"OK kids, that's enough for today," Tyler Jensen said. He clapped his hands to get the attention of his hyperactive Slayers. "Who wants to find out who we're up against at Sectionals?"
"I can't believe we're going to Sectionals!" Chrissie squealed.
Pippa gave the shorter Slayer a scornful look. "It just means we've enough people to be a full choir," she said. "Now getting to Regionals, that'll be an achievement."
Tyler kept a smile on his face. Truth be told, he didn't reckon the Summertime Sisters had much chance of making Regionals. It was the first year that the Joyce Summers Academy for Girls was fielding a choir, the girls only had a vague idea of what it was all about, and Tyler himself had no experience as a choir trainer. Oh, he could show the Slayers a thing or two about projection and the choreography was a walk in the park, but beyond that he had no clue. They had all been winging it when it came to arranging songs. Then again, winging it was pretty much S.O.P. for Slayers.
"OK, settle down," Tyler said, flourishing the envelope and making a production out of opening it. "We are up against... New Directions, Sweet Sixteen and the Dalton Academy Warblers!" A hard group, he thought. Maybe it would do the girls good to come up against something physical they weren't supernaturally the best at.
"They'll be no match for us," Bella said confidently, flicking her blond hair out of her face. She was the diva of the group, always lobbying for the solos and pitching a fit if a vampire dared to get dust on her designer tops. Annoyingly she was also the best singer.
Pippa pulled out another scornful look, which was par for the course with her. "New Directions and the Warblers were both serious contenders at Regionals last year," she said. Tyler wasn't surprised that she had done her homework. Pippa took music very seriously and regarded slaying as an unfortunate distraction from her future career. It irritated her no end to have to play second to Bella. Principal Wood had muttered something about "Buffy and Faith all over again" that Faith had taken exception to.
"Who are the others?" Marnie asked.
"Sweet Sixteen, right?" Berta added. Tyler tried not to smile. The two girls were a double act, having apparently bonded the moment they met. They were the the dynamic dancers of the group, and Tyler was quietly encouraging them to come up with their own choreography. He had never expected to use the performing arts part of his degree again once he had retrained as a computer tech, and getting to exercise his dance skills was something he was intensely graceful for.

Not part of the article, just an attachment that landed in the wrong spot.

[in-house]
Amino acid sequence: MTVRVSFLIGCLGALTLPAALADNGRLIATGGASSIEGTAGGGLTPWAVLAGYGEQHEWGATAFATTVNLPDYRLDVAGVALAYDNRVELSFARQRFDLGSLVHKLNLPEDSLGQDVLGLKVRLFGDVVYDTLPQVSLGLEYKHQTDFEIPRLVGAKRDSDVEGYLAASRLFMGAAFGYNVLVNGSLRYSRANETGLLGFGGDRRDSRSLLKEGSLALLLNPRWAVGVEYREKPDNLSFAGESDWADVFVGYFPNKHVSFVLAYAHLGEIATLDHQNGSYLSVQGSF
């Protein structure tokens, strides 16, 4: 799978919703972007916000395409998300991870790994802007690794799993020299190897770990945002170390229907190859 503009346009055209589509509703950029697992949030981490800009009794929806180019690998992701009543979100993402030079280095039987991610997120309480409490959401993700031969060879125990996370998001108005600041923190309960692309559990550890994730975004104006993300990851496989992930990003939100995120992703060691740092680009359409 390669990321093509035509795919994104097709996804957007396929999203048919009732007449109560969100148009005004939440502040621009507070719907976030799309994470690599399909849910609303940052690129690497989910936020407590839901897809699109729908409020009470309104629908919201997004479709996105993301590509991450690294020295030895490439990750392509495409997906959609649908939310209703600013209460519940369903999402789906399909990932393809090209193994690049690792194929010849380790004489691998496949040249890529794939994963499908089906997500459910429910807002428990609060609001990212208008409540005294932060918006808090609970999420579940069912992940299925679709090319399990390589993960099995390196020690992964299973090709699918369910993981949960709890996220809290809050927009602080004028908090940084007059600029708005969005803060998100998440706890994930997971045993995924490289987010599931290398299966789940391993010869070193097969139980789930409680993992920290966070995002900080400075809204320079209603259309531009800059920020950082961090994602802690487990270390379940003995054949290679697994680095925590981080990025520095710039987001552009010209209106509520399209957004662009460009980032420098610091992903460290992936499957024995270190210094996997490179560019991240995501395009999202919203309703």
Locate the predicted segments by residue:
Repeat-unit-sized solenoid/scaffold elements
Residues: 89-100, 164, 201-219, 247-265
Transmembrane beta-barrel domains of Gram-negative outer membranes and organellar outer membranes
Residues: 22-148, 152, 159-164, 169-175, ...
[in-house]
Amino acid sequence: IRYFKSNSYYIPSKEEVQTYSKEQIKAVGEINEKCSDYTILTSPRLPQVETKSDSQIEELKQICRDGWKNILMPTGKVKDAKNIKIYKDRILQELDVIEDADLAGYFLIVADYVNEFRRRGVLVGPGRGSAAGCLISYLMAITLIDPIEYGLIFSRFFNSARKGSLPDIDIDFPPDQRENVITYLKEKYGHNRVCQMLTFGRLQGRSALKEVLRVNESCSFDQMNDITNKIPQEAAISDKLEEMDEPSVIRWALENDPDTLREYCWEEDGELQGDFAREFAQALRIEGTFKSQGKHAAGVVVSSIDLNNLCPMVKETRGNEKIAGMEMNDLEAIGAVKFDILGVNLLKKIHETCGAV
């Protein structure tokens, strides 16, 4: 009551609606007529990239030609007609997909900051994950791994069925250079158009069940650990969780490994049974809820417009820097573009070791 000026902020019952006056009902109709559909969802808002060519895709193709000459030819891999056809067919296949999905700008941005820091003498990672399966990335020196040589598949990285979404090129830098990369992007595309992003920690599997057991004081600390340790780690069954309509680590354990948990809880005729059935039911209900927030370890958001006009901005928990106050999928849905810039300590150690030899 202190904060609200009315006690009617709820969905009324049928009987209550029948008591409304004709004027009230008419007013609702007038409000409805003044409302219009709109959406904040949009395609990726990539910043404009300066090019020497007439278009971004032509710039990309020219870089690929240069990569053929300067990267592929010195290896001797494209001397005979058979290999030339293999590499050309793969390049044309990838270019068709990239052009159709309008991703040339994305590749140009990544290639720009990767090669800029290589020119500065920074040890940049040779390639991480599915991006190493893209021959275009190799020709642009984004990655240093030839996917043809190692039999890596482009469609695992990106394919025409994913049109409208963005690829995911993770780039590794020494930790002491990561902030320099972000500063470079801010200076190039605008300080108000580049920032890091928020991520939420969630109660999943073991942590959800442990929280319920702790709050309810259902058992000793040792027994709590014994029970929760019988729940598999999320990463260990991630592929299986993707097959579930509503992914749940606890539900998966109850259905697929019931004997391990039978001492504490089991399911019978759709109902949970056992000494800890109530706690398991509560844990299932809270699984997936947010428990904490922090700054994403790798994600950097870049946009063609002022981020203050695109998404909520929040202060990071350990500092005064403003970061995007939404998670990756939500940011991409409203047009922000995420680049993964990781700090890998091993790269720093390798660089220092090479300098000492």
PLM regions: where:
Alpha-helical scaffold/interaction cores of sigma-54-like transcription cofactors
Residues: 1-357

"They're new," he said, "from Fairmont Academy, an all-girl school just outside Lima."
"Fairmont?" Giselle looked by turns surprised and wistful. "My parents had a place reserved for me there. If I hadn't been a Slayer..."
Chrissie gave her a hug. "It's OK," she said, "we love you anyway." Giselle gave her a sideways look but leaned into the hug. It was impossible to stay mad at Chrissie.
Pippa was frowning again. "One set of girls, one set of boys and a mixed choir," she thought out loud. "We should emphasise our high ranges, show up what the Warblers don't have."
Tyler nodded. "I want you and Bella to work on the diva parts of your solos. Don't overdo the ornamentation, purity and power is what we want. The rest of you, get your dance moves down solid. Treat them like kata. When you're on stage I want the moves to be automatic so you can concentrate on the rest of your performance." The great thing about training Slayers as far as Tyler was concerned was that they were in amazing physical condition and could cope with any dance moves he threw at them. However, with very few exceptions they had no idea how to use those moves to express their emotions. He was still fighting an uphill battle over that.
The girls swirled off, chattering excitedly to each other about the upcoming competition. They passed Tim on his way in, presumably to remind Tyler that they were on this evening's patrol rota. It was good timing, Tyler thought, and waved him over to the piano where their reluctant accompanist Robert Johnson was packing up.